Thursday, February 4, 2010


Feb 3rd 10

It's 1 o'clock on Wednesday morning. At Hillsborough. Sinn Féin has just concluded our discussions with the DUP.

A week is a long time in politics. This week, and a wee bit more, has been a long time coming. Last year Martin McGuinness pointed out what no one in high places in London and Dublin would acknowledge publicly or tackle privately. That is that the political institutions were not sustainable in the longer term because they were not functioning on the basis of equality and partnership. In particular he said that the refusal to agree the transfer of policing and justice powers by Christmas would mean that they would not be transferred before the Westminster elections.

This Blog told the British Secretary of State over twelve months ago that the political process was heading into huge difficulties not least because he had not discouraged the notion that pre conditions could be introduced into the transfer or devolution issue. In fact the NIO had actively encouraged that notion. Last Autumn Martin once again privately exhorted both governments to be more actively involved in upholding the Saint Andrew’s Agreement and just before Christmas and during the big freeze he made the long journey to the Taoiseach’s home town in Tullamore to ask him to engage directly with Gordon Brown.

Our strong view was that the governments were in default of their obligations as guarantors of the Good Friday and the Saint Andrew’s Agreements. London and Dublin are not facilitators. Their function is not to ‘close the gap between the parties’. Their duty is to uphold the agreements and to hold the parties to what they had signed up to. They could hardly do that when they were not upholding the agreements themselves.

We knew that the governments would intervene at some point if the problems were not resolved. But we were not prepared to have them intervene on terms set by London or by the NIO acting in what they perceived to be the best interests of the unionists.

We decided that we would not travel to Downing Street if we were invited there as the crisis deepened. We also decided that our engagement would be guided by whether the modalities for talks and the agendas would be about assisting the necessary work of implementing the Agreements and resolving outstanding issues.

So it came to be. Directly after the recent Sinn Fein Ard Chomhairle meeting Martin was invited to Downing Street. He said no. Despite a number of direct appeals by Brian Cowen and Gordon Brown we made it clear that Sinn Féin was not for travelling. The governments needed to talk to those who were in default. Sinn Féin needed to be satisfied that talks would be meaningful, and about upholding the rights of citizens without preconditions.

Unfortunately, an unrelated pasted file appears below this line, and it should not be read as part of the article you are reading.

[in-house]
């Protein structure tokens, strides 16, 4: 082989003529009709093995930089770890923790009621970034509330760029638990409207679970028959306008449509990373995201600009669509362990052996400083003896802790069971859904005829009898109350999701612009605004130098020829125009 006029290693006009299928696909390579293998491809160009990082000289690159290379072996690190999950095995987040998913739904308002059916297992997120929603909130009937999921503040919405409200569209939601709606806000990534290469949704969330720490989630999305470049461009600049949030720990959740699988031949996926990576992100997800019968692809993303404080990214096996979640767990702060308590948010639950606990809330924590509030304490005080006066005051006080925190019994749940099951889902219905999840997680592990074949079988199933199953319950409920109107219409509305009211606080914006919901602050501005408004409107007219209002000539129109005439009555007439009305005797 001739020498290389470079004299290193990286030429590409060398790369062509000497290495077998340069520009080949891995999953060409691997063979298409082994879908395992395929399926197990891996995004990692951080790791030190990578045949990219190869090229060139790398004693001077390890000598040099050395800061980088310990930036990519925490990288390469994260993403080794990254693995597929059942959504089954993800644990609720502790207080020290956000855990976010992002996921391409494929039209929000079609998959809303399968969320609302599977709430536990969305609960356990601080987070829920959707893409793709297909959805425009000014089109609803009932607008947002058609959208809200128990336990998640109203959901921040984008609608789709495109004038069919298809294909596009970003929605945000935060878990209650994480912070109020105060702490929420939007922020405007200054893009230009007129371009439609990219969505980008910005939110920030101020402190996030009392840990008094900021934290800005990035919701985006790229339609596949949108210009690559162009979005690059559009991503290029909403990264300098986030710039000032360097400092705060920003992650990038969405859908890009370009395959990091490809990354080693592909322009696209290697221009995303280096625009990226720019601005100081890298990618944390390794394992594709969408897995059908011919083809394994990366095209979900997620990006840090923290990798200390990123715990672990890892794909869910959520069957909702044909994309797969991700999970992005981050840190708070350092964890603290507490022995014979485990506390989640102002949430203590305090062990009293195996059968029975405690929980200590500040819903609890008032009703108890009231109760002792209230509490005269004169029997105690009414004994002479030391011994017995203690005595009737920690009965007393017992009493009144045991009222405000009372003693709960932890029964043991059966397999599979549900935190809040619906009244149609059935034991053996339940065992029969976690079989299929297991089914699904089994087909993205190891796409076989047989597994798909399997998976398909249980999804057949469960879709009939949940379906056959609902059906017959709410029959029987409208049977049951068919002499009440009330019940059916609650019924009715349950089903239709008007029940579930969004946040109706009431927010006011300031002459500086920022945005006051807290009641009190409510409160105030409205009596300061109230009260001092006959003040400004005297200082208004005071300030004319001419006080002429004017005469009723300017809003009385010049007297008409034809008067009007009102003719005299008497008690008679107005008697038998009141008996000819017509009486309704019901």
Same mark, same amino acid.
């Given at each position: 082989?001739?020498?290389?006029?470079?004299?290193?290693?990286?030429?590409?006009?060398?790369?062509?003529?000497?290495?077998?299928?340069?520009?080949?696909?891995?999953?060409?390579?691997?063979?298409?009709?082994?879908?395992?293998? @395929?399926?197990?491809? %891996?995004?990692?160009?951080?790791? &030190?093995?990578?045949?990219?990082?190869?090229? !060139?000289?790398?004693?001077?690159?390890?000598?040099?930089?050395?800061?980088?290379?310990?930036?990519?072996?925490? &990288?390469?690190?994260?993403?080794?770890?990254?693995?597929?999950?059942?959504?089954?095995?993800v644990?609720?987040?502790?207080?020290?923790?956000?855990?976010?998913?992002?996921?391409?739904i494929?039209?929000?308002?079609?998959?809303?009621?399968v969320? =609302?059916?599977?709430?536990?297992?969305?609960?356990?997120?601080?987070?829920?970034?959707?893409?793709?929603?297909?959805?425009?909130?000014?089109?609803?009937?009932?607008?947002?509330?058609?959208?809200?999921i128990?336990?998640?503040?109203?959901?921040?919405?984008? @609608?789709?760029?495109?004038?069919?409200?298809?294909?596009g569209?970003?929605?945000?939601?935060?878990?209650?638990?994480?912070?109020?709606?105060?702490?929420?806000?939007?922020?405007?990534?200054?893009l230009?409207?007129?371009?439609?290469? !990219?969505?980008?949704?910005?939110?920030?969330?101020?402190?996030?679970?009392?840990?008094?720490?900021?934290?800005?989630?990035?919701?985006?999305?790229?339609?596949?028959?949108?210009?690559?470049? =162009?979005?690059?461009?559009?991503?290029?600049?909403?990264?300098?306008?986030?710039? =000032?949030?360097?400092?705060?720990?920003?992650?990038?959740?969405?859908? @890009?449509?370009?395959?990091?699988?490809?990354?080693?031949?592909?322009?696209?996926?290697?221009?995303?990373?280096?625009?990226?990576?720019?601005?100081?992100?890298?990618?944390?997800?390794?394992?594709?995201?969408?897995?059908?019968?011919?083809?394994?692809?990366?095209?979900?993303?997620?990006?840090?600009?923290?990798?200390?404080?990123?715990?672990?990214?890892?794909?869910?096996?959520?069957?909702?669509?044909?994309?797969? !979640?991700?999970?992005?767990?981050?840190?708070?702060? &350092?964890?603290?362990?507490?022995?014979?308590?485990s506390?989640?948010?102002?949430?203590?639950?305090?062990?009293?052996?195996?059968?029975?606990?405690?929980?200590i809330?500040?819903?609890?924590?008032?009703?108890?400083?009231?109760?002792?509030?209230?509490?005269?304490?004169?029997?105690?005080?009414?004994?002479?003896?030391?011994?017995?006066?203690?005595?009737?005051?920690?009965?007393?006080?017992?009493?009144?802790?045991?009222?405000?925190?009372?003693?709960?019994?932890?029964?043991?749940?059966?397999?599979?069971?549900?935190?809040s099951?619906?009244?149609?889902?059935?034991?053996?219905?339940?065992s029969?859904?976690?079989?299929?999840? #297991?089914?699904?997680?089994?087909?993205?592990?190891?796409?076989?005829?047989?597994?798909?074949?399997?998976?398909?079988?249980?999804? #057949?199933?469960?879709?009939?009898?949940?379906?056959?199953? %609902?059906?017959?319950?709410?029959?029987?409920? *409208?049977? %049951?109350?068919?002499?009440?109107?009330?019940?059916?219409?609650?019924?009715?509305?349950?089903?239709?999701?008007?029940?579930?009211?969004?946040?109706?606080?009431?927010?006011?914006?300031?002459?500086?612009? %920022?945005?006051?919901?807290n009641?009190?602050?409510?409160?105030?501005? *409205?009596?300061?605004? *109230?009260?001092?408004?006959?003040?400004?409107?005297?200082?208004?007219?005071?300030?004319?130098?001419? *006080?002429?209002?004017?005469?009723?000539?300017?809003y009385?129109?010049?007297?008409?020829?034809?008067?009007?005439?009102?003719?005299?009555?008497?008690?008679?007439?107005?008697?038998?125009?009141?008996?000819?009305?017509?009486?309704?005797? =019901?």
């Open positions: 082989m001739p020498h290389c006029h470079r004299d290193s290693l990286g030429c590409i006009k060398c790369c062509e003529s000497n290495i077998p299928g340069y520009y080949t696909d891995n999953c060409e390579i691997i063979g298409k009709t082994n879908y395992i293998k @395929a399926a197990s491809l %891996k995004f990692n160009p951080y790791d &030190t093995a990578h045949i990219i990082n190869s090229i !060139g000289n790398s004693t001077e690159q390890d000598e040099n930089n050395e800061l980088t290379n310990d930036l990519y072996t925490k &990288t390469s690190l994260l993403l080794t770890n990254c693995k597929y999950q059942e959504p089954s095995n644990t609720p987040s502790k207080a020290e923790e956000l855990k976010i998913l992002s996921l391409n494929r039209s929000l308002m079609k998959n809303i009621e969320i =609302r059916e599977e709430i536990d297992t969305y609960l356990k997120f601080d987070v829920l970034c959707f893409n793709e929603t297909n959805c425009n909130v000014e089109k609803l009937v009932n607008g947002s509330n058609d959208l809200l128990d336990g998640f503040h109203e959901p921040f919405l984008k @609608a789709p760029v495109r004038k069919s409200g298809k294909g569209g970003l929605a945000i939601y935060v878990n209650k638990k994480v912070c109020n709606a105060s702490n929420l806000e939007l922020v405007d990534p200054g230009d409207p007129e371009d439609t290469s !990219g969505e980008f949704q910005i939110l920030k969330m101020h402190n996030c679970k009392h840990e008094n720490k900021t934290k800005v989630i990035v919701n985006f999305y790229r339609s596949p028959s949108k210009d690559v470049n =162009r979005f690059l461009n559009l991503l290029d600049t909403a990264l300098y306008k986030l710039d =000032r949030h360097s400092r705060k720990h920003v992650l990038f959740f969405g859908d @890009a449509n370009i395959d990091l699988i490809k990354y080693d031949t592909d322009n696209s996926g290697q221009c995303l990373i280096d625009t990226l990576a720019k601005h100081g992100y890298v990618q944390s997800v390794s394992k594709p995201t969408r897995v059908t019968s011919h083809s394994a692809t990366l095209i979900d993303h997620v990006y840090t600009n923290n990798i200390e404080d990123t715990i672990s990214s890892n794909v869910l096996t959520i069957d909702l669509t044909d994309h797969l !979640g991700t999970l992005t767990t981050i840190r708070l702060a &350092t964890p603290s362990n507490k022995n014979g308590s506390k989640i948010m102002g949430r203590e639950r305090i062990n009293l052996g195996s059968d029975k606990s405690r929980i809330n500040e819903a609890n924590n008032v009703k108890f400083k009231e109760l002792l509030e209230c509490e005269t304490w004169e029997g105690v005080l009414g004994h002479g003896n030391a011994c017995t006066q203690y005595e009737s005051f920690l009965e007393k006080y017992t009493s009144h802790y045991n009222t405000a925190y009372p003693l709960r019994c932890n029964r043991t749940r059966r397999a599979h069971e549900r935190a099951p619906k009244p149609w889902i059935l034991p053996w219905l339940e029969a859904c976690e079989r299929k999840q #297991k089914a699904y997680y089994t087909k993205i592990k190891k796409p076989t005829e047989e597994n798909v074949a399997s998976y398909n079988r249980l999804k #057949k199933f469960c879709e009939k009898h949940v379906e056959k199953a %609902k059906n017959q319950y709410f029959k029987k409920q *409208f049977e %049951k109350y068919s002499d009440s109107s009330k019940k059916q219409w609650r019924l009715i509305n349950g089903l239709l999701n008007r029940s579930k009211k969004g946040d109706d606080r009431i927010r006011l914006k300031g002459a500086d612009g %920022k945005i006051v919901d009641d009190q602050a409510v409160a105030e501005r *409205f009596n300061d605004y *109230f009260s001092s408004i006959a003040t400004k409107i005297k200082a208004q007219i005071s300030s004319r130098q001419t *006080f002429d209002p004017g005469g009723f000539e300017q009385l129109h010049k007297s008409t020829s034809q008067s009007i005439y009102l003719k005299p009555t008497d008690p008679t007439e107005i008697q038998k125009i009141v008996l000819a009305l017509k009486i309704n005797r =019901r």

We continued with that very reasonable position when the Taoiseach and the Prime Minster arrived at Hillsborough. Sinn Féin is used to negotiations being us against the rest. Unionism has the British government to negotiate for them even though the DUP probably distrust the Brits even more than the rest of us. We took steps to compensate for this. The consequences are too serious to allow a bad deal or no deal. Our objective was to succeed. Failure was not an option.

As Sammy Wilson put it we needed a deal ‘Made in Ulster’. The citizens of Donegal, Cavan and Monaghan, will be pleased about that. But such a deal could only be accomplished by the leaders of unionism working genuinely to secure a new beginning which would see the proper functioning of joined up government based on equality and citizens rights.

So Sinn Féin refused to let the governments facilitate talks or create the agenda for talks between us and the DUP. We needed to do that ourselves.

Most of Sinn Féin’s 120 hours, last week, plus more this week, of negotiations were about keeping the NIO from messing things up, about neutralising unhelpful interventions from the governments, getting rid of pre conditions and creating the space for positive discussions between ourselves and the DUP. The mood at these engagements depended on who was there.

Eventually we settled into focussed talks with the DUP leaders and proceeded to deal with issues of importance to each other in a constructive way. This shows what is possible. That was last week and Monday morning of this week. Then Peter Robinson brought the outcome of those discussions to his Assembly group and recommended that they accept what he agreed with us. It was put to a vote which he won by 22 to 14. There then followed what appears to have been a very heated debate.

Martin McGuinness and I brought the same proposals to our group. We were to meet Peter Robinson when his group meeting was finished but he headed off to talk to the British. There was then a real concern that there would be an attempt to re-negotiate what had been agreed. We ruled that out.

It is obvious that Peter has to go back to his Assembly group. We have just concluded our discussions with them.

Martin McGuinness has impressed everyone with his leadership, patience and courage. I have no doubt that Peter Robinson will win the support of his group. Of course I could be wrong. He who hesitates is lost and all that. But let us be clear about this. At the first meeting a majority of the group supported him. Of course he has the right to manage his own party and he obviously needed a wee bit of space to do that. But once they come across the line everyone must move forward on the basis agreed at Hillsborough. The leaders who do this deserve our support.